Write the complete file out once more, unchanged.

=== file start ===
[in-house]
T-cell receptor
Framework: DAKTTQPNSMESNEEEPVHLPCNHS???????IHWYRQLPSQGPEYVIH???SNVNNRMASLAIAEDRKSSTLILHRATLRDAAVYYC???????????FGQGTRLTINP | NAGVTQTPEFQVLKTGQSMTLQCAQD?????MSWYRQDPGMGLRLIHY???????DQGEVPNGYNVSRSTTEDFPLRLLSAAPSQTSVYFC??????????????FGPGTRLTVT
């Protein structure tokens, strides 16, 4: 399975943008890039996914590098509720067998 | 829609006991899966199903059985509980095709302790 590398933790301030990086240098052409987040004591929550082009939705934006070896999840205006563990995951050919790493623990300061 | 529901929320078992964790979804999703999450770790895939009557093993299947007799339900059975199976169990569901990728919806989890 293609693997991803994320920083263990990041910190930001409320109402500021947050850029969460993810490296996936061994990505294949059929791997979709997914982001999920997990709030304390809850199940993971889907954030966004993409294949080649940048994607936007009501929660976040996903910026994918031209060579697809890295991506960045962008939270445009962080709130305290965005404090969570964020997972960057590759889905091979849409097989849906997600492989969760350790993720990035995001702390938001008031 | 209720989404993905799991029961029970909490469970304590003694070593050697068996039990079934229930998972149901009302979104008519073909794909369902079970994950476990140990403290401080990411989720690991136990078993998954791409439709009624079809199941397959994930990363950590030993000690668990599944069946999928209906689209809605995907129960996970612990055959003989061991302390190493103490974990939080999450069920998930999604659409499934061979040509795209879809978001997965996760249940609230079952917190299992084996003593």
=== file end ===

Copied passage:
[in-house]
T-cell receptor
Framework: DAKTTQPNSMESNEEEPVHLPCNHS???????IHWYRQLPSQGPEYVIH???SNVNNRMASLAIAEDRKSSTLILHRATLRDAAVYYC???????????FGQGTRLTINP | NAGVTQTPEFQVLKTGQSMTLQCAQD?????MSWYRQDPGMGLRLIHY???????DQGEVPNGYNVSRSTTEDFPLRLLSAAPSQTSVYFC??????????????FGPGTRLTVT
């Protein structure tokens, strides 16, 4: 399975943008890039996914590098509720067998 | 829609006991899966199903059985509980095709302790 590398933790301030990086240098052409987040004591929550082009939705934006070896999840205006563990995951050919790493623990300061 | 529901929320078992964790979804999703999450770790895939009557093993299947007799339900059975199976169990569901990728919806989890 293609693997991803994320920083263990990041910190930001409320109402500021947050850029969460993810490296996936061994990505294949059929791997979709997914982001999920997990709030304390809850199940993971889907954030966004993409294949080649940048994607936007009501929660976040996903910026994918031209060579697809890295991506960045962008939270445009962080709130305290965005404090969570964020997972960057590759889905091979849409097989849906997600492989969760350790993720990035995001702390938001008031 | 209720989404993905799991029961029970909490469970304590003694070593050697068996039990079934229930998972149901009302979104008519073909794909369902079970994950476990140990403290401080990411989720690991136990078993998954791409439709009624079809199941397959994930990363950590030993000690668990599944069946999928209906689209809605995907129960996970612990055959003989061991302390190493103490974990939080999450069920998930999604659409499934061979040509795209879809978001997965996760249940609230079952917190299992084996003593």